Sorry for the radio silence. I’ve been traveling like I’m David Morse in Twelve Monkeys, disseminating an apocalyptic virus. Okay, that was a little forced.
Anyway, I am now in beautiful Hawaii. The day before yesterday I was in soggy England. I crossed 10 time zones in two days. And now I’m resting at a place rented by my in-laws for a family get-together.
London was a lot of fun but stressfully hectic. The Fair Jessica and I we’re there from last Friday through Wednesday for the UK release of my book (I’m not keeping an eagle eye on the Amazon.co.uk sales rank, though it’s just not the same). My mom and brother came down from New York to watch my daughter while we were gone. As a result, we came back to discover that she can now roll a cigarette while drinking a Martini.
The book “tour” (it was more like a two-day media blitz) went well. Penguin – my esteemed British publisher – booked me on a slew of shows. The amazing thing was that they were nearly all on BBC. I don’t think you can appreciate what behemoth the place is until you realize that they’ve got the equivalent of a dozen Fox or CNN headquarters. Between TV and radio, BBC dominates Britain on a scale I never fully realized. It’s like NPR owning NBC, CBS and ABC.
Anyway, I started the week on Start the Week, an apparently huge British radio show. It was a perfectly fine conversation, though being forced to read the homework on human rights lawyer Gareth Peirce and then hear her spiel, I have a renewed intellectual contempt for the human rights legal establishment (you can hear a hint of it in my response to her). Then, I recorded some show called nightwaves http://www.bbc.co.uk/radio3/nightwaves/ where the host, an academic specialist on totalitarianism, and the London correspondent of the Nation, double-teamed me for about a half hour (they cut it to 12 minutes or so, I’m told). The host was charming, but clearly didn’t like a rube from the states trying to break his food bowl. The guy from the Nation was completely out of central casting. He read from prepared notes and quoted Katha Pollitt as if it was a serious appeal to authority.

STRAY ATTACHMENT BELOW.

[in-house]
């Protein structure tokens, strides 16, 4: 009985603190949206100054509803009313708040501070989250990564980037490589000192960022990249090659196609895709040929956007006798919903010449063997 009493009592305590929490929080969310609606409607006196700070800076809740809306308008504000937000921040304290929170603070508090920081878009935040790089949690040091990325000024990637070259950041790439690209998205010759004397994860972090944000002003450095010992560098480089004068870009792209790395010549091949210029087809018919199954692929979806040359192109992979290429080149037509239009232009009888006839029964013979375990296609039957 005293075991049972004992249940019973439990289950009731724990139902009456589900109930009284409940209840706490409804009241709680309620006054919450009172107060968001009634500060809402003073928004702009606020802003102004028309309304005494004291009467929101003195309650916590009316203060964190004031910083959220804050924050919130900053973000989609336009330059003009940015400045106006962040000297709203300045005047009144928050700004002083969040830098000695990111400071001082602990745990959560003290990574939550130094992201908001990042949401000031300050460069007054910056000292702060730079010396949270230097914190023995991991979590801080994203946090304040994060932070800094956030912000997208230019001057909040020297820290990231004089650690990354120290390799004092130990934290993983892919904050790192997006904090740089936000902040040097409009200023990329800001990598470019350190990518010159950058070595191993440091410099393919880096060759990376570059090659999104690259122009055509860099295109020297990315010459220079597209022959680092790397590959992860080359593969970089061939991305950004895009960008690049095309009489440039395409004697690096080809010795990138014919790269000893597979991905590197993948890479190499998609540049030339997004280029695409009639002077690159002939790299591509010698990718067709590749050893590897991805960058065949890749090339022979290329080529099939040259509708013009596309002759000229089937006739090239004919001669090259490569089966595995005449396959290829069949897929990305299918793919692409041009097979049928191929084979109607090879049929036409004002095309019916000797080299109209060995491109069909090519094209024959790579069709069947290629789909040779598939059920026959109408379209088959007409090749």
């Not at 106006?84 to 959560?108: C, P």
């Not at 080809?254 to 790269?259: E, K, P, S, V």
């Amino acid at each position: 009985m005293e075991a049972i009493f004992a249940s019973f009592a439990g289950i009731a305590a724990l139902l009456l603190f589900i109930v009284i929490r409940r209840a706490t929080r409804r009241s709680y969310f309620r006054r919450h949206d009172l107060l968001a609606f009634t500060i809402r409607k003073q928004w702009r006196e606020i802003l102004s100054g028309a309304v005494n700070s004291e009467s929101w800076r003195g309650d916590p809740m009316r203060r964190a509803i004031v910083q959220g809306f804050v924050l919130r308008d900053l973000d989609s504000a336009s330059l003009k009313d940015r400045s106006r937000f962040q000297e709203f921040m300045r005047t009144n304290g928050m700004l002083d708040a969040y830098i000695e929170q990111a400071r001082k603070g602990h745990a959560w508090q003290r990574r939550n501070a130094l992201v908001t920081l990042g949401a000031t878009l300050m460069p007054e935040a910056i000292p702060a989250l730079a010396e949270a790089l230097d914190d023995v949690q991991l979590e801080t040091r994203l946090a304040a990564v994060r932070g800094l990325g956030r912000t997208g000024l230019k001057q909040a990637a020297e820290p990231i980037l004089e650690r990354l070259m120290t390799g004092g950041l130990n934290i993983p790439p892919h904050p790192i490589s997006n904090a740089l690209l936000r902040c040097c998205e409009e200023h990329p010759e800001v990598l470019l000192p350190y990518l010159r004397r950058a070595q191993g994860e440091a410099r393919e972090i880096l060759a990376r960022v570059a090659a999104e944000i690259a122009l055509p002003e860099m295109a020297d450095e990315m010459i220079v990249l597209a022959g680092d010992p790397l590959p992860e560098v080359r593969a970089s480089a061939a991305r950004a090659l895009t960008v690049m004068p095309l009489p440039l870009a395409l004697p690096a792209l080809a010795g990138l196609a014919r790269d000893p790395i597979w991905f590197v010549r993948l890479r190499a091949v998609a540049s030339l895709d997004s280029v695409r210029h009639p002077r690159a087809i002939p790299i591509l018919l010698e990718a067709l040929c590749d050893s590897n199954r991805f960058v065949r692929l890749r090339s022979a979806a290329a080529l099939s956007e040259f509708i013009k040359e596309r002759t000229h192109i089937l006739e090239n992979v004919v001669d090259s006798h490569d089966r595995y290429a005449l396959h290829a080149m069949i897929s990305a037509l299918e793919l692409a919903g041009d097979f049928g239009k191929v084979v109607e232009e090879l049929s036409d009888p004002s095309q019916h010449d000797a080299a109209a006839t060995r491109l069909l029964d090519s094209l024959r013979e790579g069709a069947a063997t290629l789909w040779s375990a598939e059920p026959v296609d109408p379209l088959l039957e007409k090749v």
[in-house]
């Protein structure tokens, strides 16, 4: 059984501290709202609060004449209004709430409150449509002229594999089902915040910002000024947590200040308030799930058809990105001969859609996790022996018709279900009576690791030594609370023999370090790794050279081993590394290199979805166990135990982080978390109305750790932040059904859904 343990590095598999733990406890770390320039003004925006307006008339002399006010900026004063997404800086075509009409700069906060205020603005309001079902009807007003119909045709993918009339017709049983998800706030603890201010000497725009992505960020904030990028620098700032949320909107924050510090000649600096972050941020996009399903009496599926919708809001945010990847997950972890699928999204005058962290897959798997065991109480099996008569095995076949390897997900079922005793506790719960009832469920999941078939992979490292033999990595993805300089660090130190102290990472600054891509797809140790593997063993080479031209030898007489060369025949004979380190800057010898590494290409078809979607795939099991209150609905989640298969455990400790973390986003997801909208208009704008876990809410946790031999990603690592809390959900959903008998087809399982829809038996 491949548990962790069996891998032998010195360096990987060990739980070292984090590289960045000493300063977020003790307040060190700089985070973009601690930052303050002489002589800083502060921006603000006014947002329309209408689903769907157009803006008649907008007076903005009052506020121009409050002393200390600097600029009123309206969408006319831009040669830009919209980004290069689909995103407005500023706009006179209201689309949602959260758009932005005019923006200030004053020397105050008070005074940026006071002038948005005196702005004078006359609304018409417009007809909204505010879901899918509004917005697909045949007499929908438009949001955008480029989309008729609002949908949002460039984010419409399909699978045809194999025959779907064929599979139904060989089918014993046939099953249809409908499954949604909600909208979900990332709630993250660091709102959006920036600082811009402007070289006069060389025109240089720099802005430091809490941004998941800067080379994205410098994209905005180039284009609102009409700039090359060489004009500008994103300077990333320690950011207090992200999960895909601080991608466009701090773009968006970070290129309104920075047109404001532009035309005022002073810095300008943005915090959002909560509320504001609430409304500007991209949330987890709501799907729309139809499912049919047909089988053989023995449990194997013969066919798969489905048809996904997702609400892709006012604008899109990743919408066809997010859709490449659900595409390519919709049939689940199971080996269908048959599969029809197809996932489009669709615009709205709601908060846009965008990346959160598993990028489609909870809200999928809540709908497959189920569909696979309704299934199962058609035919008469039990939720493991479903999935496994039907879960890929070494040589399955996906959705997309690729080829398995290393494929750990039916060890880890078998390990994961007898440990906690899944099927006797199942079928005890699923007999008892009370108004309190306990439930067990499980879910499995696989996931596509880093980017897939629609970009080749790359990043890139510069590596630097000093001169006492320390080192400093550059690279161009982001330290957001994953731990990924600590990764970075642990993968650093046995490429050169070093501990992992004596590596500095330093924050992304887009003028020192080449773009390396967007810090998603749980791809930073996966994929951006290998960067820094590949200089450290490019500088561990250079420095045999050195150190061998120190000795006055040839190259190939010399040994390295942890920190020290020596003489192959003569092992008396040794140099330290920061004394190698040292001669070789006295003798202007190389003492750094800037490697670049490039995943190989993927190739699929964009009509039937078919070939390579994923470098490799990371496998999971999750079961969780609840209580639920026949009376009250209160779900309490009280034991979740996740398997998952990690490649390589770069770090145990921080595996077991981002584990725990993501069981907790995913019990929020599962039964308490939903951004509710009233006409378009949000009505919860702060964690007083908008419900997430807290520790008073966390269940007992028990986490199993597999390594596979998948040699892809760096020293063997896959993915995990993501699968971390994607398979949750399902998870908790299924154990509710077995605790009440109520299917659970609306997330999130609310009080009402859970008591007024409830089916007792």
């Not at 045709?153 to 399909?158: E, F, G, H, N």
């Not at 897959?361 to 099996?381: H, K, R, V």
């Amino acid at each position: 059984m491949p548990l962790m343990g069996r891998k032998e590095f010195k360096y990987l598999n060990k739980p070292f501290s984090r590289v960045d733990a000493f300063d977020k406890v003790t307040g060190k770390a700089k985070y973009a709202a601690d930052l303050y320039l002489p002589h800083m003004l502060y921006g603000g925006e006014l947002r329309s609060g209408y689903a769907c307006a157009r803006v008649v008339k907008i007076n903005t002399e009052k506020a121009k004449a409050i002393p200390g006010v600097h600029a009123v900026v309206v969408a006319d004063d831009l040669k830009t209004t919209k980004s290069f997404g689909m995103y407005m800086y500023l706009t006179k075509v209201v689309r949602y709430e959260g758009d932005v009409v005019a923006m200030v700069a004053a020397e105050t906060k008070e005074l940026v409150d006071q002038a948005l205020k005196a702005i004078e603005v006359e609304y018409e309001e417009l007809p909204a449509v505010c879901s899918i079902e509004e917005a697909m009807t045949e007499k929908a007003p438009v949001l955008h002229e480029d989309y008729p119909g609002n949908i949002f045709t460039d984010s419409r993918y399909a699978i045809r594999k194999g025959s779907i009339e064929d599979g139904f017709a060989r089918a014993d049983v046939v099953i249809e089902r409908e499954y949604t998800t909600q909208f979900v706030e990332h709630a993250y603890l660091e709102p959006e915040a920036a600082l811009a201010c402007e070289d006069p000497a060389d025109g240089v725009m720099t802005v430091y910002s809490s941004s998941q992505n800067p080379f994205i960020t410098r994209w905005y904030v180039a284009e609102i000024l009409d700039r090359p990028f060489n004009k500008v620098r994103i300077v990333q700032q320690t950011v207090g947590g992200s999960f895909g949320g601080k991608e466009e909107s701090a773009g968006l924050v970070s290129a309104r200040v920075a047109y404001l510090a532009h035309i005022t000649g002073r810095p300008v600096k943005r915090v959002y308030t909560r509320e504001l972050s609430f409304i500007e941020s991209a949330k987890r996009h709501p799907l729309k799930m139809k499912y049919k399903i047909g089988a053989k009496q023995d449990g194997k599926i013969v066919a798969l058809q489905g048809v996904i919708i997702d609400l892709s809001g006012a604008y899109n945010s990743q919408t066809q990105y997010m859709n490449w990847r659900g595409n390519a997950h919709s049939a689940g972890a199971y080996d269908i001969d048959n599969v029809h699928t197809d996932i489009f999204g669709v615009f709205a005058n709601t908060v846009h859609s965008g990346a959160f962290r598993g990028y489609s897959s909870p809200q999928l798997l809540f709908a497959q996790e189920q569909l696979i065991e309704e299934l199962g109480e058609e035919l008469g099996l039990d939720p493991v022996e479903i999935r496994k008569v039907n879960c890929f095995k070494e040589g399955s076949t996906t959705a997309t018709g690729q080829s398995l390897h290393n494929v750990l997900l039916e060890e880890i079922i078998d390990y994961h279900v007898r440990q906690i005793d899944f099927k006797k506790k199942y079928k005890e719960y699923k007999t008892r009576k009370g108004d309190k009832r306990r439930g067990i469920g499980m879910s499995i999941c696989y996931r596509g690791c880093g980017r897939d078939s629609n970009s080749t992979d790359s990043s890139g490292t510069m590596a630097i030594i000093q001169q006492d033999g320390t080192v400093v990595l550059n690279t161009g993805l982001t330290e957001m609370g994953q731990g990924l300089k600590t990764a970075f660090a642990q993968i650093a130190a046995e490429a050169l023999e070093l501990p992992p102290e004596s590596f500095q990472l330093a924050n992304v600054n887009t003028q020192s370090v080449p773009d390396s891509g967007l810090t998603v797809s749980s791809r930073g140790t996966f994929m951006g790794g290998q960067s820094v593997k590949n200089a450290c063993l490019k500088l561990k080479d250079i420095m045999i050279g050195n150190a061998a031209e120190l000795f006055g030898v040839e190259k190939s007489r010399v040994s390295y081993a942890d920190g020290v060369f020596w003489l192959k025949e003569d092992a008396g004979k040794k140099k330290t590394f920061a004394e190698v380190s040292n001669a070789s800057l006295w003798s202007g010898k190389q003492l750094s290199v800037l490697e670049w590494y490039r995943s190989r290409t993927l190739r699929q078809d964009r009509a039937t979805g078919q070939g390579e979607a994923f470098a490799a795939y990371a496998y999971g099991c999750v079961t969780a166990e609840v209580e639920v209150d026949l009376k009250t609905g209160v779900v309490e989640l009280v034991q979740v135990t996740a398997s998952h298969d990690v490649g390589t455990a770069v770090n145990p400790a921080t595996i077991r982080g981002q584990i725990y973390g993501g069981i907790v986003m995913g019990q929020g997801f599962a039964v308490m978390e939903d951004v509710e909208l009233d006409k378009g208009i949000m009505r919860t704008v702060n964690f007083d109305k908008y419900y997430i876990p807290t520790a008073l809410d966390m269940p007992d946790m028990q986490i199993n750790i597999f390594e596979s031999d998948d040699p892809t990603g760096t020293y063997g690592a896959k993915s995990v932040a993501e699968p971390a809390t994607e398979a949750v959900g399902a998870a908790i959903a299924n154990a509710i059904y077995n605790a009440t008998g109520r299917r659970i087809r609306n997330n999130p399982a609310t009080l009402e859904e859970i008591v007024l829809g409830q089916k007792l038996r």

There were other interviews, but the most fun were my talks to conservative groups. The New Culture Forum put on a great event for me. The Spectator’s James Delingpole (author of the just-released Welcome to Obamaland) led a conversation on the book. Helen Szamuely reviews it all here and pictures and other details are here. The next day, I also spoke at Parliament itself to a group of younger conservatives for the Young Britons Foundation – a self-styled sister-group to the Young America’s Foundation.
It’s great to see British conservatives becoming intellectually galvanized. As I suggest in my column today, they’ve got a lot of work ahead of them.
There are allegedly a whole slew of reviews coming out in the next few days in the British press. Stay tuned.
Dominic Lawson of The Times of London reviewed it last weekend. It was snarky but not exactly in much disagreement, either.
By the way, Philadelphia Inquirer book editor Frank Wilson, links to the review and says:
I downloaded Goldberg’s book on my Kindle because I was curious about a book that had made it on to the NYT best-seller list without ever being reviewing in the Times or most other papers and because I didn’t want to pay the full price for what I suspected might be a screed. I was pleasantly surprised to find it was a well-written historical survey of a set of ideas and how they grew. I was also surprised by what I learned about Mussolini.
Anyway, I’ll have some more thoughts on all of this, some of them in the Corner. But as it’s either 4:30 AM, 9:30 AM or 2:30 in the afternoon, according to my body clock, I’ll stop here for now.